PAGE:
“All who cry ‘cultural appropriation’ or whatever nonsense about any race or skin color wearing their hair in any particular style or manner — funny how you don’t criticize women of color for straightening their hair. I respect and am inspired by people and how they look. I don’t see color or race — I see people.”

I know what you’re thinking, Marc Jacobs is right, what about Black women who straighten their hair or get weaves? That’s cultural appropriation too.

No, it’s not. The word you’re looking for here is “assimilation”.

Assimilation is when a minority group takes on traits of the dominant group as a means of survival. White or American culture is dominant in the US; it’s the default. Laws like the Crown Act highlight the fact that Black people needed to assimilate to a Eurocentric form of beauty and that meant straightening our hair. If we didn’t have to assimilate, there wouldn’t be a law protecting us from discrimination.

To white women, our hairstyles are just that, hairstyles. But to us, it’s a personal journey.

For Black people, our hair is political, it’s a symbolic middle finger to the face of white supremacy. The debate on whether or not white people should be “allowed” to wear traditional black hairstyles is never-ending.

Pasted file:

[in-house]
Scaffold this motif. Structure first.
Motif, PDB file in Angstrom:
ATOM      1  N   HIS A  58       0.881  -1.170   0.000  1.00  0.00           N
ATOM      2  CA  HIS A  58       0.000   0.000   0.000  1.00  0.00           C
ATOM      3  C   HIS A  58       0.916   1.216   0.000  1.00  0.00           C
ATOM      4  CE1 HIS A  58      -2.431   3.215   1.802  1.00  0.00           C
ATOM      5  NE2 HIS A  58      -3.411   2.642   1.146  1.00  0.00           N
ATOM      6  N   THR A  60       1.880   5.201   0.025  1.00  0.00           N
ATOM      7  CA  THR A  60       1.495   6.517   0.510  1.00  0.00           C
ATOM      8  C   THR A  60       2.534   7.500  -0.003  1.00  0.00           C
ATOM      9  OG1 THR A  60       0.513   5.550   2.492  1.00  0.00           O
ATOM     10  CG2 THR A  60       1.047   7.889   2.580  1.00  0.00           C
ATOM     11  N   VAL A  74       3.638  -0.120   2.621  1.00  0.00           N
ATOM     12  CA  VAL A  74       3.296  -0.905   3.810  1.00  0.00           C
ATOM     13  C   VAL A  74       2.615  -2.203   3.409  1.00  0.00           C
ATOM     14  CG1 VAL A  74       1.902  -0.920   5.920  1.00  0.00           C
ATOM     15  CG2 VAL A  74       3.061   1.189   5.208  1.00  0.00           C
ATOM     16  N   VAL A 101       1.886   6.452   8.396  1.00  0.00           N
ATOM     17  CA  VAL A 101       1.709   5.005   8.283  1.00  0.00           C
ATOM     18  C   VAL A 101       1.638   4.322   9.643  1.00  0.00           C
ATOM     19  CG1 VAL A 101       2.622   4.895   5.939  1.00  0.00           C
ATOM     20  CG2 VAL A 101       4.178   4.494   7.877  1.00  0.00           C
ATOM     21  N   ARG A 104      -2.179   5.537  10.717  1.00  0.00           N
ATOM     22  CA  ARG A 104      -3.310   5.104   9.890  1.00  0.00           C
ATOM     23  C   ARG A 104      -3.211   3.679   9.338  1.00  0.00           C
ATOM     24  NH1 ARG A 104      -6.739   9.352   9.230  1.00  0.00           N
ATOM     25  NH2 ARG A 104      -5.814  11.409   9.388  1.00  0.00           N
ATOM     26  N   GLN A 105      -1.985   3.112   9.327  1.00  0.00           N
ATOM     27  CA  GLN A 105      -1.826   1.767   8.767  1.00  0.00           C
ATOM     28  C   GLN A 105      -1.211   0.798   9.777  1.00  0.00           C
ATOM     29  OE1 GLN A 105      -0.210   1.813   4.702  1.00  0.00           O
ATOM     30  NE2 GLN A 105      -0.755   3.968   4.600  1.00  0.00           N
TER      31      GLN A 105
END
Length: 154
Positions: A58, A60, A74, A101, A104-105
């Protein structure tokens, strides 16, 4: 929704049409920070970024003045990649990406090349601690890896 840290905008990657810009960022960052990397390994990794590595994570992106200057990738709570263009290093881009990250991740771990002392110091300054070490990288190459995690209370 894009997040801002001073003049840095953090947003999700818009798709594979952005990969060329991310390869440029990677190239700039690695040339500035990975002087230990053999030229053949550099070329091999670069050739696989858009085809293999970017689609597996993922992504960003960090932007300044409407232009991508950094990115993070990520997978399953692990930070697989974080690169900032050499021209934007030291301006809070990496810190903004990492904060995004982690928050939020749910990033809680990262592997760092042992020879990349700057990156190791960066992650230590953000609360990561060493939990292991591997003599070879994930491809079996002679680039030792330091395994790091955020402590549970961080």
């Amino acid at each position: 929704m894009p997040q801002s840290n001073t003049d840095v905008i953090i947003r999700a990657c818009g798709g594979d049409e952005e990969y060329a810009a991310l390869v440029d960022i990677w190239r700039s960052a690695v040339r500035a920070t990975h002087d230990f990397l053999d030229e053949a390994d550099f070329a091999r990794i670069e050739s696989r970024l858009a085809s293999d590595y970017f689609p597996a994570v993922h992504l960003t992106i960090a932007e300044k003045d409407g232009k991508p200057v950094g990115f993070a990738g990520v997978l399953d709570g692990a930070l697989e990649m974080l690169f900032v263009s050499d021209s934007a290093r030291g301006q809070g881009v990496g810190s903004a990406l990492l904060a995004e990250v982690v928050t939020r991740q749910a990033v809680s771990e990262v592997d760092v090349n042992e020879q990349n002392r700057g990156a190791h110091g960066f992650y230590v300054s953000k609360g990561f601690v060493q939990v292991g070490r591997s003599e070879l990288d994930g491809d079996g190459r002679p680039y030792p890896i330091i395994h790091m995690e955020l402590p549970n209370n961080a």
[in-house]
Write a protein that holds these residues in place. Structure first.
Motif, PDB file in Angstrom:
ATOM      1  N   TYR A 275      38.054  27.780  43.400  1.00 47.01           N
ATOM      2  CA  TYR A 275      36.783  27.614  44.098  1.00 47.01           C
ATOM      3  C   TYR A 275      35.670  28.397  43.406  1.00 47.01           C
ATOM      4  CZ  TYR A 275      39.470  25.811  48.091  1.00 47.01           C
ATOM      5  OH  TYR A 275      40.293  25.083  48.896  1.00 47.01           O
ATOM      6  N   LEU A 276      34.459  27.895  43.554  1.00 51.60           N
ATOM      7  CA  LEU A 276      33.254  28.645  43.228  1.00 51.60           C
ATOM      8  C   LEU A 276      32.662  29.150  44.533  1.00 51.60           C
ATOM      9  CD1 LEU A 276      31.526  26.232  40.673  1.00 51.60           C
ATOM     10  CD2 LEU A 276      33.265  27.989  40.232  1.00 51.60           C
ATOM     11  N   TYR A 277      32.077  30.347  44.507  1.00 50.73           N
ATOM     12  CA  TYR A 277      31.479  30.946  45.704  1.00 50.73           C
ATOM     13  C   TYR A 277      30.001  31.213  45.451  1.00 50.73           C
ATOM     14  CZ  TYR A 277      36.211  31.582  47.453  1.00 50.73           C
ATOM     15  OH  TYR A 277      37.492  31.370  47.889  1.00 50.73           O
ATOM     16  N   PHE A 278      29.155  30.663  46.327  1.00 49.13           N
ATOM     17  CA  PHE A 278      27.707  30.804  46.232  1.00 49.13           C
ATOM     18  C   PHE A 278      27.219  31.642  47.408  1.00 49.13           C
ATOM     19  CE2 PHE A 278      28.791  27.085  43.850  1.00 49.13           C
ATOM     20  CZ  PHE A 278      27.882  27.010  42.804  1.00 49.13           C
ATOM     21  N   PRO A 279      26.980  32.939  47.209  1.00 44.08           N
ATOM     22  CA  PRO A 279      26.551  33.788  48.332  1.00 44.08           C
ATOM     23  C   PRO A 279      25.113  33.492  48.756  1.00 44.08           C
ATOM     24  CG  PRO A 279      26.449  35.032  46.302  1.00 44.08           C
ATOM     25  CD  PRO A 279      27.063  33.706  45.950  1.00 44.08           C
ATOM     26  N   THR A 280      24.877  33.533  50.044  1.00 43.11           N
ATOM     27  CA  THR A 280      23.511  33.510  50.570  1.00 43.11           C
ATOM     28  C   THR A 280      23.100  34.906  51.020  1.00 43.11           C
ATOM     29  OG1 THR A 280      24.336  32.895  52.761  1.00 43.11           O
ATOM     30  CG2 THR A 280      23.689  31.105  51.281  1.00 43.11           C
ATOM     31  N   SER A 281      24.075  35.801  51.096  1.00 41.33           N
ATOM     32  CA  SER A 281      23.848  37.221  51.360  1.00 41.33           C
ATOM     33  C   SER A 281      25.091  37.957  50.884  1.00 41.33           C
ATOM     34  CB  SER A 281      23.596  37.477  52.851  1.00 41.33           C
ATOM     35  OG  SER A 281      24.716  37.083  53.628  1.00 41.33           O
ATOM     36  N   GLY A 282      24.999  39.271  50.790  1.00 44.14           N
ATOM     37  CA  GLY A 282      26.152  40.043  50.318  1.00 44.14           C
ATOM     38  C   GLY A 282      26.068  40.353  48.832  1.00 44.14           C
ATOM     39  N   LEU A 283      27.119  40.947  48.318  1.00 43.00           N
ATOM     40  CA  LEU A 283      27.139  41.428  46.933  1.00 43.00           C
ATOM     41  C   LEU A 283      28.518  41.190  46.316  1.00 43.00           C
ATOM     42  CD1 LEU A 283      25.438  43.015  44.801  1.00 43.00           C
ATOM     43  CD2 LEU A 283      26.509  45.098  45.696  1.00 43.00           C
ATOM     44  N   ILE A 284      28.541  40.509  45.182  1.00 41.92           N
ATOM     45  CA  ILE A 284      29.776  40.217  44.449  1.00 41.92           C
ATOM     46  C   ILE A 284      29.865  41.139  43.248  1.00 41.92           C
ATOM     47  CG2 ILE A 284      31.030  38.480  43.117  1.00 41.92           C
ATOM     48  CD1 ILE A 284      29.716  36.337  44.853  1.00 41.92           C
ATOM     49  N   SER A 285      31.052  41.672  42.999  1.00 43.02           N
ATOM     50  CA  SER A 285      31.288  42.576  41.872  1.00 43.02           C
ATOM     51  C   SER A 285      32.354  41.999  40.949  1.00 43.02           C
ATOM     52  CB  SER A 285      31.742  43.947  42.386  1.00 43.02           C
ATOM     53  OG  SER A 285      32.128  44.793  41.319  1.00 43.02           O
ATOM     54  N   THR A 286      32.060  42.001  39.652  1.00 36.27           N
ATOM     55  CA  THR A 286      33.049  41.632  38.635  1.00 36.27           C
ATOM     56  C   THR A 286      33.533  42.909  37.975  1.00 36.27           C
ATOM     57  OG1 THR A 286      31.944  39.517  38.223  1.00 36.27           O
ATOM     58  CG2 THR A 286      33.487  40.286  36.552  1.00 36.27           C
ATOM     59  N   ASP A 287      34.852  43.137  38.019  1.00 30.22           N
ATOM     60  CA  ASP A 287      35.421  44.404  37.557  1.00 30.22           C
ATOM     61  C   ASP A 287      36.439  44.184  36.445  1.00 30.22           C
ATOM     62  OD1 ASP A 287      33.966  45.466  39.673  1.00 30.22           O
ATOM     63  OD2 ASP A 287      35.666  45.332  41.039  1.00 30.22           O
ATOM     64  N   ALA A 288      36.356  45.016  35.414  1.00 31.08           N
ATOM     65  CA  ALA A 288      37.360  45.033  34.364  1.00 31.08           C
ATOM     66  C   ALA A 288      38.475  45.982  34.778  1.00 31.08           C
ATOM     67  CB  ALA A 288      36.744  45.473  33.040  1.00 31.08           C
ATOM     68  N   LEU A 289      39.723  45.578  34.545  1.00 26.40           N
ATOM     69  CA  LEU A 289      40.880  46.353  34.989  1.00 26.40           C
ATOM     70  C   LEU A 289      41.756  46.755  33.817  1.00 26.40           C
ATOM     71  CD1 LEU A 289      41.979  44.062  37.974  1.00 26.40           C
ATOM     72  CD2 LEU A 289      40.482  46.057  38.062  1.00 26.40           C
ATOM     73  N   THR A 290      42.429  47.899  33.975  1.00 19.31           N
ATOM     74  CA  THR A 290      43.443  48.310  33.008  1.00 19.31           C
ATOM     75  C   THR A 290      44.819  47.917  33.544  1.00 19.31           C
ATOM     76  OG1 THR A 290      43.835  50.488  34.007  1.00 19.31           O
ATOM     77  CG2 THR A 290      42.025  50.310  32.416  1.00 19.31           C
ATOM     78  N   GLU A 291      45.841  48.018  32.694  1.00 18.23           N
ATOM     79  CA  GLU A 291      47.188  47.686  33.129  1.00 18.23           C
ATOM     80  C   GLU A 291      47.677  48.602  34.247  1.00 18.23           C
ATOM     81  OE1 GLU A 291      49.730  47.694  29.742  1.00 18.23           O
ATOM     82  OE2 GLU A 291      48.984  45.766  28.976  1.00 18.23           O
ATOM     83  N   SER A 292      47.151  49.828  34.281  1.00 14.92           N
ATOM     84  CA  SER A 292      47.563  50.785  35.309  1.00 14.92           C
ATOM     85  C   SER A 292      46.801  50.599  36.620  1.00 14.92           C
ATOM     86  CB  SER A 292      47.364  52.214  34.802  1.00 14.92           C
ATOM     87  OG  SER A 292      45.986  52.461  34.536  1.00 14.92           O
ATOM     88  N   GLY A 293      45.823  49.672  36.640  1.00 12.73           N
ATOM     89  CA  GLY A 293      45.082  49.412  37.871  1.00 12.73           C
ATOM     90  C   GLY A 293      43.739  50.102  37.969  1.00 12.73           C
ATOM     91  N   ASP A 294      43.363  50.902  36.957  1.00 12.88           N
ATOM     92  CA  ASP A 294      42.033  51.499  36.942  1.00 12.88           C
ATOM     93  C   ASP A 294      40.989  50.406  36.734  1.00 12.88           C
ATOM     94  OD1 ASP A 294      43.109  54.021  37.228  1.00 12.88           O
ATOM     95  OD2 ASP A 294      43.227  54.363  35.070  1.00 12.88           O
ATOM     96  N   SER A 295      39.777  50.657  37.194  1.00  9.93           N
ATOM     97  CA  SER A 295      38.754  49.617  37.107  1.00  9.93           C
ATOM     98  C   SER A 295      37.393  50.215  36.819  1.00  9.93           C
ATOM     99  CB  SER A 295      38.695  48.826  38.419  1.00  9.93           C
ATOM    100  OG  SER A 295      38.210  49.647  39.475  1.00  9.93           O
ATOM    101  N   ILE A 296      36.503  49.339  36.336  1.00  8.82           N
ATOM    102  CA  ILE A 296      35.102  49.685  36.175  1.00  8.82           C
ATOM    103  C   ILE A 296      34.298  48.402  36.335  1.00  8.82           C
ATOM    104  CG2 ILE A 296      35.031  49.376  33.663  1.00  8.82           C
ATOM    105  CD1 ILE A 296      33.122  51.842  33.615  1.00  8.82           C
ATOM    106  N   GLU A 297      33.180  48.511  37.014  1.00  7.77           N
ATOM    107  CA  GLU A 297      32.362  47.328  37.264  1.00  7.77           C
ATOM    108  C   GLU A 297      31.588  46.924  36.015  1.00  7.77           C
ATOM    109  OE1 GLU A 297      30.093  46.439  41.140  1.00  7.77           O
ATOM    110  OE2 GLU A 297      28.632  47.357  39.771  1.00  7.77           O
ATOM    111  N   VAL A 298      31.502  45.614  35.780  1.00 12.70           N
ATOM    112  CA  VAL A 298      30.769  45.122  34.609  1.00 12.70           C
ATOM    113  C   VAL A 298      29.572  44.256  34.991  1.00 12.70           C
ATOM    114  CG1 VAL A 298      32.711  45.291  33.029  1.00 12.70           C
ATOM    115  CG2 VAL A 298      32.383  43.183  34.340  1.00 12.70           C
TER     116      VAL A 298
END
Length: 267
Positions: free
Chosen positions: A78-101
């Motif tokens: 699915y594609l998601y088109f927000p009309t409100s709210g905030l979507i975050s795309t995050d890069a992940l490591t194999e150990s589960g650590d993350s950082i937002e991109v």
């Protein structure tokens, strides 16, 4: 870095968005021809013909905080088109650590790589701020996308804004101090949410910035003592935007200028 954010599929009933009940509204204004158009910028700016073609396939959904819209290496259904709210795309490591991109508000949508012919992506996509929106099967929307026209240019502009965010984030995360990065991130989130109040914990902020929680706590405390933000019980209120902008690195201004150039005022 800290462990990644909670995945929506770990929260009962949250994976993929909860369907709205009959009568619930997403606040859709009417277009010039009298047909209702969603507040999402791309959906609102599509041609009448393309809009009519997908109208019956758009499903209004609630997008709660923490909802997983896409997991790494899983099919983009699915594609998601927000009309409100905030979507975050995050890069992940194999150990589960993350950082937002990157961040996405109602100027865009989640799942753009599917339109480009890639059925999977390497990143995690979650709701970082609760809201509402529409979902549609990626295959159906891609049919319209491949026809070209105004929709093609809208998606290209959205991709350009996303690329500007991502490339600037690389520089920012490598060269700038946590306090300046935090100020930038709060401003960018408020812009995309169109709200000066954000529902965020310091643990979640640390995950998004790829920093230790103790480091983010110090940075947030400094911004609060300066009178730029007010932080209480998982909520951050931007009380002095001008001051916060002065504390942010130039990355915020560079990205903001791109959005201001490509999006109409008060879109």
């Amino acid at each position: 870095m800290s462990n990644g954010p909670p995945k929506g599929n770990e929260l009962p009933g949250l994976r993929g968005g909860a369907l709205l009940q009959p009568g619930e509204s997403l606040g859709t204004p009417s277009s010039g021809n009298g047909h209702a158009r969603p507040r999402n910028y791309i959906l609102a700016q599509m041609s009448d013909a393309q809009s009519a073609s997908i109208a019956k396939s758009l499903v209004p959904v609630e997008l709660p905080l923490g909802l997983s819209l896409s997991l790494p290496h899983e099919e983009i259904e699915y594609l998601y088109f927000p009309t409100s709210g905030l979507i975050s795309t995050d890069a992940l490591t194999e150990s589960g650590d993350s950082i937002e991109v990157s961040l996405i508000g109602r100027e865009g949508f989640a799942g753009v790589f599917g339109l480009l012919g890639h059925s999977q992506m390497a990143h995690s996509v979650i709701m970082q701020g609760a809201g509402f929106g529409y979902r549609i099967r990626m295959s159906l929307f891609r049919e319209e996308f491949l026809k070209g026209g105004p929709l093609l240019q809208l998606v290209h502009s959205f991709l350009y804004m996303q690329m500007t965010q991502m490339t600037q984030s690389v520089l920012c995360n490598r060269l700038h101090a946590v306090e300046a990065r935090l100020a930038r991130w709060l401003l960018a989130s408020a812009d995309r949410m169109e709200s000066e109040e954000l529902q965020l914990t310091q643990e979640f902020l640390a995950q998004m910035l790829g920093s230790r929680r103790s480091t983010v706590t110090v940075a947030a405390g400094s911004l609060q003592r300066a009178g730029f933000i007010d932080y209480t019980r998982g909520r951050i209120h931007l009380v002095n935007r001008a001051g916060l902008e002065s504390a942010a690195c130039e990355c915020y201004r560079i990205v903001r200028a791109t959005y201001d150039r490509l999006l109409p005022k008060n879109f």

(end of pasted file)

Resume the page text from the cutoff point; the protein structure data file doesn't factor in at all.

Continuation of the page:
Listen, you’re free to wear whatever you want. But instead of dismissing our annoyances and frustrations as trivial when we see a white person wearing a traditionally Black hairstyle, it’s important to take the time to understand the cultural significance of our hair.  Because when we criticize white women for wearing our hairstyles, we’re not doing it for the hell of it.


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Alysia Stevenson
Alysia Stevenson is a twenty-seven New York City transplant currently living in Florida with her boyfriend and three furbabies. When she's not writing, you can find her watching beauty tutorials on Youtube or Parks and Rec for the millionth time.